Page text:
So I told my good friend a few weeks ago that I had been canning the extra produce from our garden, and she said she wanted to try out canning sometime. That, coupled with a sale on peaches, and a few recipes I've been wanting to try, led me to this week's activity.
First we made Peach Bellini Jam. I have seen this recipe in a few other places, but we were following the Better Homes and Gardens Canning issue recipe, except that we doubled it (remember that part about how I am unable to follow a recipe as written?). Below is how we did it.
Peach Bellini Jam Ingredients:
- 15 cups sugar
- 6 cups finely chopped, peeled peaches
- 2 cups Prosecco wine
- 4 Tbsp lemon juice
- 1 6-ounce package of liquid pectin (use both pouches)
Peach Bellini Jam Process:
Combine all the ingredients except the pectin in a large stainless steel or enamel pot, and when I say large, I mean huge. The original recipe called for 6-8 quarts, but everything fit in my 5 1/2 quart so I just went on my merry way, which was a mistake. It was a mistake that involved dismantling the stove top to scrape up burned sugar with a razor blade and steam cleaning the floor, twice! Do as I say, not as I do.
And while we're on the topic of what I say, make sure the Prosecco is pointed away from you as you open it, especially if it is at room temperature. I was not quite finished untwisting the cage when the cork came flying off and hit the ceiling. Then the wine bubbled up and went everywhere, and my poor friend was subjected to some colorful obscenities that don't really have a place at 7 o'clock in the morning. Luckily there was enough left in the bottle for our 2 cups, plus a small glass for each of us - we needed it!
Bring everything in the pot up to a full boil that cannot be stirred down. Stir in the pectin. If you've never used liquid pectin, this where having a friend is very helpful because it's super thick and super sticky. Return the pot to a boil and keep stirring. (This is where we had our overflow event.) Boil for one minute and then remove from heat. Carefully skim off any foam that is on top.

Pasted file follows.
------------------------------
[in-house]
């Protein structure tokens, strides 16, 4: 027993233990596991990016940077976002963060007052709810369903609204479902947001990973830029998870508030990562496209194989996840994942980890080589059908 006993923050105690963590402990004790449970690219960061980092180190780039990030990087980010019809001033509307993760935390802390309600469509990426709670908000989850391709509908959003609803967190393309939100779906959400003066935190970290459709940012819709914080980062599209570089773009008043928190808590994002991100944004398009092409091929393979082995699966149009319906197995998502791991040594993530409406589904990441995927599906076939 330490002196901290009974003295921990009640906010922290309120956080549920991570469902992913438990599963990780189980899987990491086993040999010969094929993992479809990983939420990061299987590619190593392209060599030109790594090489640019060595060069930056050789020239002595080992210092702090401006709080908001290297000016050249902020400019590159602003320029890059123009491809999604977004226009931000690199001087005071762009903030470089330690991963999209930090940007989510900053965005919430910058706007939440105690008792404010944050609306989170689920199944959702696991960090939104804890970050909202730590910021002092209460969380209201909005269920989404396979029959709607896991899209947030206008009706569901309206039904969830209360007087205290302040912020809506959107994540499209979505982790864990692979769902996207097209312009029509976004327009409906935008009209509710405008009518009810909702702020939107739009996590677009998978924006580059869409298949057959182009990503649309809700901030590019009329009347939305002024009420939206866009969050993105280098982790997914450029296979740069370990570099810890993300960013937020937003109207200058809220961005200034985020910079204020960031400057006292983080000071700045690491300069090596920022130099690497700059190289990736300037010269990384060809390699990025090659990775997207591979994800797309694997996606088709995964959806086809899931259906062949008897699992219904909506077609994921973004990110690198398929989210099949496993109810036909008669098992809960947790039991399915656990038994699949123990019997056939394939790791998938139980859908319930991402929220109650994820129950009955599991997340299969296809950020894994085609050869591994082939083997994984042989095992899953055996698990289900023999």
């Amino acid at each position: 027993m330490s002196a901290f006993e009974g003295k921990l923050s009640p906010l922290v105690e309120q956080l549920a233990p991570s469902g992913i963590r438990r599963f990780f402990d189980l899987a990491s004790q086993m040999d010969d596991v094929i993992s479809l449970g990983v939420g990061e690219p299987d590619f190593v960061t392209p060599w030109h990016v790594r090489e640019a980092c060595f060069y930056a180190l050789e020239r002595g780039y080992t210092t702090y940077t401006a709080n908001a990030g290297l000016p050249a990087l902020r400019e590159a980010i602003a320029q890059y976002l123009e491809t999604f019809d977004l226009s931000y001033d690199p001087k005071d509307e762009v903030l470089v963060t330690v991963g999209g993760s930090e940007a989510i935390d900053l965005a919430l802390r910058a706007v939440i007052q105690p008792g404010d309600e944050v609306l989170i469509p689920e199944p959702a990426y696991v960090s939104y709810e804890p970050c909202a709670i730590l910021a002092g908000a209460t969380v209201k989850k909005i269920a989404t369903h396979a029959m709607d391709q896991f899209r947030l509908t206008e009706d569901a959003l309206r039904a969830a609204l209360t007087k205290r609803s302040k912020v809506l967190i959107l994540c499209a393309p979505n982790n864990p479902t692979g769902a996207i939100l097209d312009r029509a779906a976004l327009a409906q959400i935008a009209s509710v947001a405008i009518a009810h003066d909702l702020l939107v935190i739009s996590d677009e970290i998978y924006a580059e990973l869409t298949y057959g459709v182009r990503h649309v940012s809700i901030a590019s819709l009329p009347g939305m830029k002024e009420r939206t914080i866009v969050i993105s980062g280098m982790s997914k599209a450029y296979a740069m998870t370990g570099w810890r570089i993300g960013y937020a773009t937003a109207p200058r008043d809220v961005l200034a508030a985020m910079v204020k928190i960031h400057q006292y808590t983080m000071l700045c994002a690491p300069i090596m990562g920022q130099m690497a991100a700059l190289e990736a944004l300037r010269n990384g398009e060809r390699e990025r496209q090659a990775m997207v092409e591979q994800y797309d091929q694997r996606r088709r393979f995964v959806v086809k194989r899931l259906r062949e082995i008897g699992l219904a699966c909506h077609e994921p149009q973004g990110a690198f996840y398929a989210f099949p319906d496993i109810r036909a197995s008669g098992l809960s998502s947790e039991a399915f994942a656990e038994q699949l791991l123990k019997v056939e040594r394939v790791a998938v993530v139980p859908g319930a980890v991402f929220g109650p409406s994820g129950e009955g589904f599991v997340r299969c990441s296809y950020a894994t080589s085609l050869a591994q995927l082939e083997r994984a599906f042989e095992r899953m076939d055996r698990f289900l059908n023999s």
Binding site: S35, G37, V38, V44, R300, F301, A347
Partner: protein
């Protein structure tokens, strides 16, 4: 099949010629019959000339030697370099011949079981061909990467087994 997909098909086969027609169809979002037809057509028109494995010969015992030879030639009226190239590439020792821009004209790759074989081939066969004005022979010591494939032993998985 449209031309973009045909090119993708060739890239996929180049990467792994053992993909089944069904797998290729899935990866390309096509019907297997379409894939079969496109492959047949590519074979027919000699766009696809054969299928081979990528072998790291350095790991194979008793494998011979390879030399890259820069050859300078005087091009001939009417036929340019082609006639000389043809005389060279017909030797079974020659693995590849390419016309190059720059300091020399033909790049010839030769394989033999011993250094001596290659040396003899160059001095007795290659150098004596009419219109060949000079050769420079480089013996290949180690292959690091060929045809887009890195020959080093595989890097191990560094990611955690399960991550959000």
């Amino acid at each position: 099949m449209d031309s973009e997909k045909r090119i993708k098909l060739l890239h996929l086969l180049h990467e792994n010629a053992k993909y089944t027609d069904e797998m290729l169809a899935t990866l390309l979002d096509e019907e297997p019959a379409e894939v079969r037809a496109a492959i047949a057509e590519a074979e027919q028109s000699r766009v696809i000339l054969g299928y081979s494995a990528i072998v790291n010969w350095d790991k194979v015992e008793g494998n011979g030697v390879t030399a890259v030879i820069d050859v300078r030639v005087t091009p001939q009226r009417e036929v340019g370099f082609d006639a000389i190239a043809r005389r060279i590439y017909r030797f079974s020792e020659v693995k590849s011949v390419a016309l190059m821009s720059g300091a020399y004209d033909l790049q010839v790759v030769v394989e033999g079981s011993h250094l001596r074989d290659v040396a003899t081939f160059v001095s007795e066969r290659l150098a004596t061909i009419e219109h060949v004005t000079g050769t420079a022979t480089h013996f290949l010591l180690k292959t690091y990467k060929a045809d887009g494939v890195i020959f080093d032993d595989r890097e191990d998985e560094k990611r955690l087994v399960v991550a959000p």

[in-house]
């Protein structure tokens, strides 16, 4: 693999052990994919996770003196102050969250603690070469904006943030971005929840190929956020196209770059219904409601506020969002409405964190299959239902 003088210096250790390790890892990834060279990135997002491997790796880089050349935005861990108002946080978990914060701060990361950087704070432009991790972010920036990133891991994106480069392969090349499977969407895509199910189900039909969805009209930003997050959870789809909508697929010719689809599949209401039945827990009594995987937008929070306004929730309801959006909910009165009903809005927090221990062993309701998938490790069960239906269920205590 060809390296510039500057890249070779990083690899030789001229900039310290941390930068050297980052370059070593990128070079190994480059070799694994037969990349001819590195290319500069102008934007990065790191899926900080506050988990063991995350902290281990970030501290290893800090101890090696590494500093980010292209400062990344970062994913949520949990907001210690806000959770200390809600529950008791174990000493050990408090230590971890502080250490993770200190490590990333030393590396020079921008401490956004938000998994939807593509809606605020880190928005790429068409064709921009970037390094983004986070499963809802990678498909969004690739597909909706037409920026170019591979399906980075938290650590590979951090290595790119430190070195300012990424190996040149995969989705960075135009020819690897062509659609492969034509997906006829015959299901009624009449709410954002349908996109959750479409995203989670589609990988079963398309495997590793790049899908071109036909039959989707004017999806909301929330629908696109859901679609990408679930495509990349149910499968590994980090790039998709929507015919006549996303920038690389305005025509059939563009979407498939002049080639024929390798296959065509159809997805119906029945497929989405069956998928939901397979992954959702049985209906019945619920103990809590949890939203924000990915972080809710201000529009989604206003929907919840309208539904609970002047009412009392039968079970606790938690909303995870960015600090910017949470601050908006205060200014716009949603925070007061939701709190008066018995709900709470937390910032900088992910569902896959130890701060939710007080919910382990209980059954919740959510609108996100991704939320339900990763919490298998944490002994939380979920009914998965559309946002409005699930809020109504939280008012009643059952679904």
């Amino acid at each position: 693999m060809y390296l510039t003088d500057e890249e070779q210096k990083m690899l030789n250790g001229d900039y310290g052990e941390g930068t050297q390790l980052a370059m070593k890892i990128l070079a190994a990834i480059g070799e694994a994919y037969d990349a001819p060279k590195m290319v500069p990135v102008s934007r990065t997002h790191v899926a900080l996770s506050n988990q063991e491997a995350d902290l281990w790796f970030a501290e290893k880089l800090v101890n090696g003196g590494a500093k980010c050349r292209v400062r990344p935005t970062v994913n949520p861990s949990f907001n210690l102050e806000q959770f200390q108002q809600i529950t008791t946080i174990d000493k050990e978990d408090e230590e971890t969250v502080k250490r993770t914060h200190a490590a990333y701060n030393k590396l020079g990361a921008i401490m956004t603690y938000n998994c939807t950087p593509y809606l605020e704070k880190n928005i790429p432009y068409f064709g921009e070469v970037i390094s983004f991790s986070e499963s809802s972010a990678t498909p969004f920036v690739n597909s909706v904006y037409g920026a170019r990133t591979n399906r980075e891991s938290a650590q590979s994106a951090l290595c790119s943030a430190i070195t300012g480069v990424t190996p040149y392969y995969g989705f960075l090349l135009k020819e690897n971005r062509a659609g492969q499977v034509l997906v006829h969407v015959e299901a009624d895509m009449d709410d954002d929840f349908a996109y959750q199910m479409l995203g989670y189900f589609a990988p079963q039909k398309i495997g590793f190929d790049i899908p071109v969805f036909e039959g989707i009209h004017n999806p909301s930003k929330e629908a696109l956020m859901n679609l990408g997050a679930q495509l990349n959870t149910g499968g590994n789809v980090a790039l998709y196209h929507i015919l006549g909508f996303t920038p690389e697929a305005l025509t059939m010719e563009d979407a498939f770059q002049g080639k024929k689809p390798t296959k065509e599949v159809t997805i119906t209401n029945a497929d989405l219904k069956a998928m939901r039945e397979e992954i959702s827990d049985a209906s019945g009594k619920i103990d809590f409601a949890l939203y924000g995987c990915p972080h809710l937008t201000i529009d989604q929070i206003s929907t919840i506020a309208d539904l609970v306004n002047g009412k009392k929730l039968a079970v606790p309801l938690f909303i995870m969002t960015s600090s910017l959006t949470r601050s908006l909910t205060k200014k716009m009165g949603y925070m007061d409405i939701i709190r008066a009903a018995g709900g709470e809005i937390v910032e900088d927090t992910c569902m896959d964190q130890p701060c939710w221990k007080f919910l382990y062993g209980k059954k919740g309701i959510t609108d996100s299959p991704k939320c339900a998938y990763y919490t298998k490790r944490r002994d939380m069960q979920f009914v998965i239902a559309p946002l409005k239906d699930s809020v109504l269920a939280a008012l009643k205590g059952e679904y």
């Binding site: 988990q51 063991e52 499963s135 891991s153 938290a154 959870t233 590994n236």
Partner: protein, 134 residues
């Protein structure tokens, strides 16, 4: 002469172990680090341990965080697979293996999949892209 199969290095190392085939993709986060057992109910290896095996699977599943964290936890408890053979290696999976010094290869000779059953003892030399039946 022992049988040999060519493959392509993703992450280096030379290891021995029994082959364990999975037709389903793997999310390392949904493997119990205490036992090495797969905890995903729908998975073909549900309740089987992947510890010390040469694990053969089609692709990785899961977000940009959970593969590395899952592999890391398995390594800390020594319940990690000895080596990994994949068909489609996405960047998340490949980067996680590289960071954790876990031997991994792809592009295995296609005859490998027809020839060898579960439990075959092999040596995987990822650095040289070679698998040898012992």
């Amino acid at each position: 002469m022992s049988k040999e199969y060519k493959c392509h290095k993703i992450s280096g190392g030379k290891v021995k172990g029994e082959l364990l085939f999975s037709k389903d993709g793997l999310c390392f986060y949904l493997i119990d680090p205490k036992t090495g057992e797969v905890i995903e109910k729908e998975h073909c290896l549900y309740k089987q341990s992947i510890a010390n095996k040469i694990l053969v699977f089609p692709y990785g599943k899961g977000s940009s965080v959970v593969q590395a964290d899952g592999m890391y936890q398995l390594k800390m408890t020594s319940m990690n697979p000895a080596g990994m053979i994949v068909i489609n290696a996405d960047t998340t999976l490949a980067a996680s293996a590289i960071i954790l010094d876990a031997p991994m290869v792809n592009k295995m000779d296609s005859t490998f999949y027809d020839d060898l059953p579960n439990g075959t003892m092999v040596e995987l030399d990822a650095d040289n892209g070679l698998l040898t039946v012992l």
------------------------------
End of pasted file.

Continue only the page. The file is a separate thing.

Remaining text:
Use a canning funnel to ladle the jam into hot, sterilized half-pint jars. This recipe made 18 jars for us, though the original recipe said 8, so I was only expecting 16 jars. Try to distribute the peaches evenly among the jars. We ended up with a few jars where the peaches themselves almost seemed like an afterthought.
Wipe the rims, add your canning lids and process in a boiling water bath for 10 minutes. Once done, set them out to cool and listen for the satisfying pop of the jars sealing. The jam will still be somewhat liquid and the peaches will float to the tops of the jars, so twirl them gently, without tipping the jars over, to redistribute. Some of our jars took a full day to really "gel" so be patient.
I am in love with how the sun shines through the jam. That's the only reason you get this picture of my scroungy yard. Can you tell it's already super hot, and it hasn't rained in ages? I'm also in love with all the things you can do with it. The grilled pork chops at the beginning of this post are just the beginning of my ideas for it - grilled chicken, ice cream, PB&J, on toast, with spicy Indian food. So hungry...
Now that this post has gotten hugely long, I believe I will post our other recipe from that day, Spicy Pickled Butternut Squash, later. I have more pictures for that one. Thank you for reading!